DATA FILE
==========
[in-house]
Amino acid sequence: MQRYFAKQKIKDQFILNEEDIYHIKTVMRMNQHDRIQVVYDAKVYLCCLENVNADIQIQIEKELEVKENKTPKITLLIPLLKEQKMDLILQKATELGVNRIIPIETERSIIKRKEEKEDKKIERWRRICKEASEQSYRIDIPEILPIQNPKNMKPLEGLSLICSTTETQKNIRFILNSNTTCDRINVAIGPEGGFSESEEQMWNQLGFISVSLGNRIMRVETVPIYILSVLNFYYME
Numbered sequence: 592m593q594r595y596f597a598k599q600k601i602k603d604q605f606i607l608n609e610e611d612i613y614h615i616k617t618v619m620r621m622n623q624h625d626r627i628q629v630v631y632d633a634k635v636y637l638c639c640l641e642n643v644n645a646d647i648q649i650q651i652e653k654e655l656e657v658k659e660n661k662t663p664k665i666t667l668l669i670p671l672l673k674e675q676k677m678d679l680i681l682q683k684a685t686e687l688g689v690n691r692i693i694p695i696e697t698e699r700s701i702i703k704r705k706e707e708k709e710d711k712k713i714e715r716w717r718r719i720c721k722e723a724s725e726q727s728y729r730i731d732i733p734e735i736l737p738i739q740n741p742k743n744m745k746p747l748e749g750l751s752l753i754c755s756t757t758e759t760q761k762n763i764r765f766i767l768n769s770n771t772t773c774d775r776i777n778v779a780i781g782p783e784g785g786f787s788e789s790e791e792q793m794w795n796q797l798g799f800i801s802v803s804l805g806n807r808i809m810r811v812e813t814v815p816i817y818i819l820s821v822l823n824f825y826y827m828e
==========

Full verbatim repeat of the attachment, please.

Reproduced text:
[in-house]
Amino acid sequence: MQRYFAKQKIKDQFILNEEDIYHIKTVMRMNQHDRIQVVYDAKVYLCCLENVNADIQIQIEKELEVKENKTPKITLLIPLLKEQKMDLILQKATELGVNRIIPIETERSIIKRKEEKEDKKIERWRRICKEASEQSYRIDIPEILPIQNPKNMKPLEGLSLICSTTETQKNIRFILNSNTTCDRINVAIGPEGGFSESEEQMWNQLGFISVSLGNRIMRVETVPIYILSVLNFYYME
Numbered sequence: 592m593q594r595y596f597a598k599q600k601i602k603d604q605f606i607l608n609e610e611d612i613y614h615i616k617t618v619m620r621m622n623q624h625d626r627i628q629v630v631y632d633a634k635v636y637l638c639c640l641e642n643v644n645a646d647i648q649i650q651i652e653k654e655l656e657v658k659e660n661k662t663p664k665i666t667l668l669i670p671l672l673k674e675q676k677m678d679l680i681l682q683k684a685t686e687l688g689v690n691r692i693i694p695i696e697t698e699r700s701i702i703k704r705k706e707e708k709e710d711k712k713i714e715r716w717r718r719i720c721k722e723a724s725e726q727s728y729r730i731d732i733p734e735i736l737p738i739q740n741p742k743n744m745k746p747l748e749g750l751s752l753i754c755s756t757t758e759t760q761k762n763i764r765f766i767l768n769s770n771t772t773c774d775r776i777n778v779a780i781g782p783e784g785g786f787s788e789s790e791e792q793m794w795n796q797l798g799f800i801s802v803s804l805g806n807r808i809m810r811v812e813t814v815p816i817y818i819l820s821v822l823n824f825y826y827m828e